<Turbo Seca Turbo CX500>

Everywhere you looked there was a good selection of vintage & retro machines, fine people, good eats, and plenty of excitement, and I am already planning to return next year. Check out the Ton Up NC website at http://tonup-nc.blogspot.com/ for more information.

<at the 2015 Bull City Rumble>

I took so many pictures at the 2015 Bull City Rumble that I decided to put the best of the rest into a slide show.

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Here’s the youtube video that I made of the event. Watching this is probably the best way to get an idea of the scope of this event.

The 20 Foot TS185 Restoration Part 4!

Mission Main Street Grants

Hello everyone & welcome back! It’s time for just a few more pictures of this little project TS185 I’ve been working on but first let me talk to you a little about the banner ad above. I have applied for one of these grants and I only have until June the 19th 2015 to reach the required number of votes. If you have a couple of minutes of time & a Facebook account could you please go vote for me? It would be greatly appreciated.

 

<bmx platform pedals on a motorcycle>

As mentioned last time this motorcycle is more of a restomod than a proper TS185 restoration and one of the things that I have always wanted to try out was putting a set of BMX bicycle platform pedals on a motorcycle. So out came the reciprocating saw some scrap metal & the welder.

As I mentioned the last time I was changing the color so here it is just a plain old machinery gray from a Duplicolor spray can.

<suzuki TS185 headlight & fender>

Added the shop logo to the number plates

<motopsyco.com>
Of course there were some new parts installed, missing bolts replaced & a few leaks stopped while I was at it.

<ts185 restoration>

Some hard lessons were learned such as don’t install the clutch release arm upside down and that cheap enamel clear really doesn’t spray well in 100 degree temperatures. There are still a few odds & ends that need doing but it is mostly done. Now I just need the upholstery shop to have my seat ready this week!  I also think the new pedals are fantastic looking but I do have to be careful when using the kick starter.

<motorcycle with bmx pedals>

One advantage to doing all of this was having time to sort out the various electrical bodges that previous owners had inflicted on this poor machine. It now has a fully functional key switch, brake & taillights, a battery, fuse etc. Of course it still starts easily & runs like a top!

<1981 TS185 restomod>

Peace Y’all

 

A Truly Unique Dirty Chopper

Mission Main Street Grants
Carolina Honda Powerhouse, hosted a really nice vintage motorcycle rally today (Saturday May 30th, 2015). While I plan to post a few pictures from that at a later time right now I am overwhelmed with the desire to share this fantastic custom. The owner shall remain nameless here, but he was willing to pose for a couple of pictures with his creation. First just let me give you the list of parts that make up this unique dirty chopper custom bitsa. (You know a few bits of this and a few bits of that, none of it matching but it all works together.)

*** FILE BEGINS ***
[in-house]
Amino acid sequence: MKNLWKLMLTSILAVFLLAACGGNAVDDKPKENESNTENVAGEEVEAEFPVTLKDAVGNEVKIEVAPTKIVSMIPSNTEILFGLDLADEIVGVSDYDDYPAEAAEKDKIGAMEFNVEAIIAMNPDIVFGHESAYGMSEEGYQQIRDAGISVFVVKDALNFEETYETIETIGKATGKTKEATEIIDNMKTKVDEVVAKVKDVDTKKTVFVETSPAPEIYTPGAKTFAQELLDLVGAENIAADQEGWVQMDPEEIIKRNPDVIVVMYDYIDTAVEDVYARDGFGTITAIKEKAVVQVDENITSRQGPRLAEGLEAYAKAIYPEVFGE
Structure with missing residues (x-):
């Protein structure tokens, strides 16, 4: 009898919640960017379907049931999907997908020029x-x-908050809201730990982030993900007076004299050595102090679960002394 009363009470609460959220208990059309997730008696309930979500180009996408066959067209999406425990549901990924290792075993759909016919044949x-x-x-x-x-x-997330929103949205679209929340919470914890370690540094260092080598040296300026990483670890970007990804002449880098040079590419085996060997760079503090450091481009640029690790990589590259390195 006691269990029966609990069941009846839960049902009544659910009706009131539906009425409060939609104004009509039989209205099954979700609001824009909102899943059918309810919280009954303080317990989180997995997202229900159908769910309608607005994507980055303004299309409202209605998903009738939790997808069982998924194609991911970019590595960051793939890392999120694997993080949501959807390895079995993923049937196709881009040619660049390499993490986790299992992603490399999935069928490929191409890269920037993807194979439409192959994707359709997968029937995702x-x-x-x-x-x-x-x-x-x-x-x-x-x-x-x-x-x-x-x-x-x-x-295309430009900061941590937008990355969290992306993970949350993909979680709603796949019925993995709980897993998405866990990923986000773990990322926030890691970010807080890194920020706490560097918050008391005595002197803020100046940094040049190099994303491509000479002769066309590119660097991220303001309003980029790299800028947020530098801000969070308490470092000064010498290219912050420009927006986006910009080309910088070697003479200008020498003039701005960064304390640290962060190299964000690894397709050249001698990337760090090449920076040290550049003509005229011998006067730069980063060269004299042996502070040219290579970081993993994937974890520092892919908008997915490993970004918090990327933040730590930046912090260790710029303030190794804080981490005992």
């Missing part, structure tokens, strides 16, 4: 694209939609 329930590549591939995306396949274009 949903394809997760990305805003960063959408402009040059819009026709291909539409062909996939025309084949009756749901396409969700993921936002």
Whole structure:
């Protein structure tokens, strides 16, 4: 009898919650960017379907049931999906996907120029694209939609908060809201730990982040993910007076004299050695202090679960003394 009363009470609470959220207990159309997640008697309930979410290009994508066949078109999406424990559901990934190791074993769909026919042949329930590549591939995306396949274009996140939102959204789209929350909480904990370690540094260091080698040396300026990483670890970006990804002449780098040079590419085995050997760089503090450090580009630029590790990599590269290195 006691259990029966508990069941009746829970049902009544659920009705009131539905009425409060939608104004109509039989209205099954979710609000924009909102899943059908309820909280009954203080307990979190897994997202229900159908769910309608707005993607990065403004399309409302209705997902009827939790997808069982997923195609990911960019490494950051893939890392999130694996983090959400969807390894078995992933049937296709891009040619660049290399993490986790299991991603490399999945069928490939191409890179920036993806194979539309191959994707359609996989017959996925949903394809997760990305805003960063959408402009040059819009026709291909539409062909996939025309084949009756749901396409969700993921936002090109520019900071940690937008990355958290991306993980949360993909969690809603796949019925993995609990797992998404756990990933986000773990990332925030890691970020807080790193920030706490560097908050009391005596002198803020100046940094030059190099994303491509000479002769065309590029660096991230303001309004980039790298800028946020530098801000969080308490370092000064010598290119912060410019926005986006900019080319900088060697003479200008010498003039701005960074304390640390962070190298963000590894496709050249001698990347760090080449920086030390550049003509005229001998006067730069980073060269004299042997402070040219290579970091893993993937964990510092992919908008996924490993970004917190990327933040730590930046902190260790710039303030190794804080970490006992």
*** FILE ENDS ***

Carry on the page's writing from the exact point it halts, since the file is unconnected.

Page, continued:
<Maverick Dirt Chopper>

1978 Yamaha XT500; frame

2000 something Honda Rebel; engine

1969 Yamaha DT-1; rear wheel, brake, sprocket & sidestand

1984 Honda CR125; gas tank, forks, front wheel & brakes

1980 something Harley Sportster; shocks, seat, front & rear fenders

1972 Honda CB500-4; footpegs

1960 something Triumph clutch lever,

It also had a utility trailer tailight, cheap driving lamp headlight, a bicycle handlebar and a bunch of homemade small parts!

Yes I would ride it, would you?

<a dirty bitsa chopper>

<extended shifter>

<auxillary gas tank dirty chopper>

I forgot to mention this awesome auxiliary fuel tank sourced from some unknown ancient lawnmower.

 

<home built chain guard>

<cheap ass air filter>

<Honda Rebel Voltage Regulator on chopper>

<unique dirty chopper>

How about a view from the cockpit?

<mountain bike handlebars on motorcycle>

Amazingly enough despite it’s ratty origins & seemingly haphazard design when you view it from the side the proportions are nearly perfect.

< a Unique Dirty Chopper>
a Unique Dirty Chopper

<a Maverick Chopper builder>

The final flourish to set off this masterpiece of junkyard art is this emblem added to the numberplate!

<not a ford maverick>

Peace Y’all!

Meditative Machinery April 2015 Website of the Month!

Meditative Machinery is the personal blog of Michael Morgan. Now I have never met Mr. Morgan but I know that he is a kindred spirit who loves his time in the workshop with his motorcycles as much as he loves riding them. I hope he doesn’t mind me quoting a few words from his “about me” side bar.

<Honda CR250 rear wheel>
picture from http://meditarivemachinery.blogspot.com/

Finally I am doing what I want to do in my shop at my own pace. I have discovered that under these circumstances, if I can keep my mind clear, my mechanical work really is a type of meditation. It clears my mind and profoundly relaxes me. That is the point of this blog. Relax, stay in the moment and enjoy the opportunity to restore and refresh these wonderful machines.

This is a nice simple little blog  with great writing & decent photography and although there are a couple of street bike restorations shown, he specializes in vintage off road machinery especially old trials bikes such as the Honda TLR & Yamaha TY series.

Thank you for sharing your workshop with us, and should I ever find myself headed to Baja, I’ll be sure to look you up.

Click here & go spend a little time at Meditative Machinery, you’ll be glad you did.